Assessment of orientation tuning in mouse primary visual cortex with intrinsic signal optical imaging.

Intrinsic signal optical imaging is becoming a popular tool to measure hemodynamic response reflecting activity of local neurons and is commonly used to map cortical function in rodents. We used this method to characterise orientation sensitivity in the mouse primary visual cortex. Accumulating body of research performed on different species including humans has shown a cardinal bias for preference of spatially oriented targets, indicating greater neuronal responses in the visual cortex for horizontal or vertical contours in opposite to oblique ones. Our aim was to verify the hypothesis whether a cardinal bias is also present in the mouse primary visual cortex. The experiments were performed on young wild anaesthetised mice. Intrinsic signals were recorded using CCD camera set above the visual cortex. Images were collected for responses to visual stimuli, square-wave black-and-white gratings of four orientations: 0, 45, 90, 135 deg, drifting in two directions, back and forth, presented in random order with uniform grey images. Imaging was performed under the control of Imager 3001 system. We successfully mapped cortical responses to visual stimuli of different orientations. Collected images showed the strongest responses for horizontally and vertically oriented gratings. Thus our results support the hypothesis of the cardinal bias in the mouse visual cortex.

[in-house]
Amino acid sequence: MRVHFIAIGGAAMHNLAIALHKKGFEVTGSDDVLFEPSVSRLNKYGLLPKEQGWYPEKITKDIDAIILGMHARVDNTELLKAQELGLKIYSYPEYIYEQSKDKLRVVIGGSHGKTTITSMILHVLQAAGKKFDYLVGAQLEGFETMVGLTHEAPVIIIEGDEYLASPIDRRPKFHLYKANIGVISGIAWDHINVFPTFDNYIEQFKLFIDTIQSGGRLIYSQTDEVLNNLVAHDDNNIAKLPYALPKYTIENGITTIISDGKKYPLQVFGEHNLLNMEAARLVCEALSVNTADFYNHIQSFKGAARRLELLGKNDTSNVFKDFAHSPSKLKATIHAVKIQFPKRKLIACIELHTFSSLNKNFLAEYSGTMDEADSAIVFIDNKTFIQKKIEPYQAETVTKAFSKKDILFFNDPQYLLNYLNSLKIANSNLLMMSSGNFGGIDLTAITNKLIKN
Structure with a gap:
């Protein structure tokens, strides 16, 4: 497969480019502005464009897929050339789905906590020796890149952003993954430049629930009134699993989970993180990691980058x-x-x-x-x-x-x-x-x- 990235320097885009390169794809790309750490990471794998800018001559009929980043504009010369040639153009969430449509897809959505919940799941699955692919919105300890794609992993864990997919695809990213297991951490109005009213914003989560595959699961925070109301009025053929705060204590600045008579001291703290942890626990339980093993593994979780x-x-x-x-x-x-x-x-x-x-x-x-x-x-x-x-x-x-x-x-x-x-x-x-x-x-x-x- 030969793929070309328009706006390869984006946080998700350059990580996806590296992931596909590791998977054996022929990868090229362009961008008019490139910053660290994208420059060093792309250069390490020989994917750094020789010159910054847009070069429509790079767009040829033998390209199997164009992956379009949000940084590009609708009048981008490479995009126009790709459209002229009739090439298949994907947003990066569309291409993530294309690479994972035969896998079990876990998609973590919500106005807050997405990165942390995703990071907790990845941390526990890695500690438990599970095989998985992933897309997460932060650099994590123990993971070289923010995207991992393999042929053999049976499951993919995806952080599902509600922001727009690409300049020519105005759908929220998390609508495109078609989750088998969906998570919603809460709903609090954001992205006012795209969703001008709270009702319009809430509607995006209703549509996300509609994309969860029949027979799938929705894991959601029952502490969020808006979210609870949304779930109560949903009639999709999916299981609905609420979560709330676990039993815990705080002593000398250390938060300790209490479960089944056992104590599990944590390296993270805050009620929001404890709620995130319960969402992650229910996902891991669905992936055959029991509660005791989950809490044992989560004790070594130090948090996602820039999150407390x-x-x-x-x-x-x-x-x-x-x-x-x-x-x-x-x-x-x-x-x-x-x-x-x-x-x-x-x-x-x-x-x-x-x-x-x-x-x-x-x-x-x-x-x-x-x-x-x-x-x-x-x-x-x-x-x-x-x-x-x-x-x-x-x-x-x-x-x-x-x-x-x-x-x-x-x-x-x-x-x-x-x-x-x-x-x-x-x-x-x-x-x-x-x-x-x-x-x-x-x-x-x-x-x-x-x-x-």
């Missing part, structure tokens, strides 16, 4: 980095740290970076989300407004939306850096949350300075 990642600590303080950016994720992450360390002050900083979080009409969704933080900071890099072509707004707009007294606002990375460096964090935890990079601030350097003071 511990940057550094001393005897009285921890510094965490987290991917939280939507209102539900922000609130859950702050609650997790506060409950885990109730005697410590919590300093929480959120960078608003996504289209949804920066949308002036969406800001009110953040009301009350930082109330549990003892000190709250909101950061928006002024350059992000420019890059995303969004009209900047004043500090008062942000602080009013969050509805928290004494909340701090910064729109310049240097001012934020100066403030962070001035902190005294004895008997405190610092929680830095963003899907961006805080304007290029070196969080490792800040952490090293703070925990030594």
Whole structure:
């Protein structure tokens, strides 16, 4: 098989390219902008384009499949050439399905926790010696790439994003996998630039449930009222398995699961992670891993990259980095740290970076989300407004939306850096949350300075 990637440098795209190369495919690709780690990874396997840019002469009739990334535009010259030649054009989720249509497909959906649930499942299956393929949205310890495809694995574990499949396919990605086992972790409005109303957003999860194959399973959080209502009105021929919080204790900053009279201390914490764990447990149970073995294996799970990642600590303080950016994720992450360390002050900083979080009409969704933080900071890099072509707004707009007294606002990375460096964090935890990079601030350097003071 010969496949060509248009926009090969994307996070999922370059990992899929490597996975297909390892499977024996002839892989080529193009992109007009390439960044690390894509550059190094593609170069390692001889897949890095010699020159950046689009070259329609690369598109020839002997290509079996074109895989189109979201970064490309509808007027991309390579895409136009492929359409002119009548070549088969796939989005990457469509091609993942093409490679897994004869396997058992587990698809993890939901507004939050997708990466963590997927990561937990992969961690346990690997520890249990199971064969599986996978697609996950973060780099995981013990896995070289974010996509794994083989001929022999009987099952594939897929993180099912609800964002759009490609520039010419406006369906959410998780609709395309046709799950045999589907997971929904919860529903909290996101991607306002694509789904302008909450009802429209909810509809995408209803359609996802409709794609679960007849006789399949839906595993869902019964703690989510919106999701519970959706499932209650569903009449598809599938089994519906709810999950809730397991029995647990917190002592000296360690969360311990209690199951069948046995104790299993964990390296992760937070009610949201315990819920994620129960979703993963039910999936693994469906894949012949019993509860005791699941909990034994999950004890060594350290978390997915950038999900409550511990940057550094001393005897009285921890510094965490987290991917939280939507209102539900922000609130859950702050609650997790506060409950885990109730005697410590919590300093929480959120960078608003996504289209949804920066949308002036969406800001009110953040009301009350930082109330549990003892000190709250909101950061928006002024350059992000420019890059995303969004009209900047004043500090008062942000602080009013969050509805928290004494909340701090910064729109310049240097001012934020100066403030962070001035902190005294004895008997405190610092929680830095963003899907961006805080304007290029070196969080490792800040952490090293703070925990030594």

Supported by grant Symfonia 1 from the National Science Centre (2013/08/W/NZ4/00691)

Authors: Ida Raciborska, Katarzyna Kordecka, Anna Posłuszny, Wioletta J. Waleszczyk

Author: Ida Raciborska
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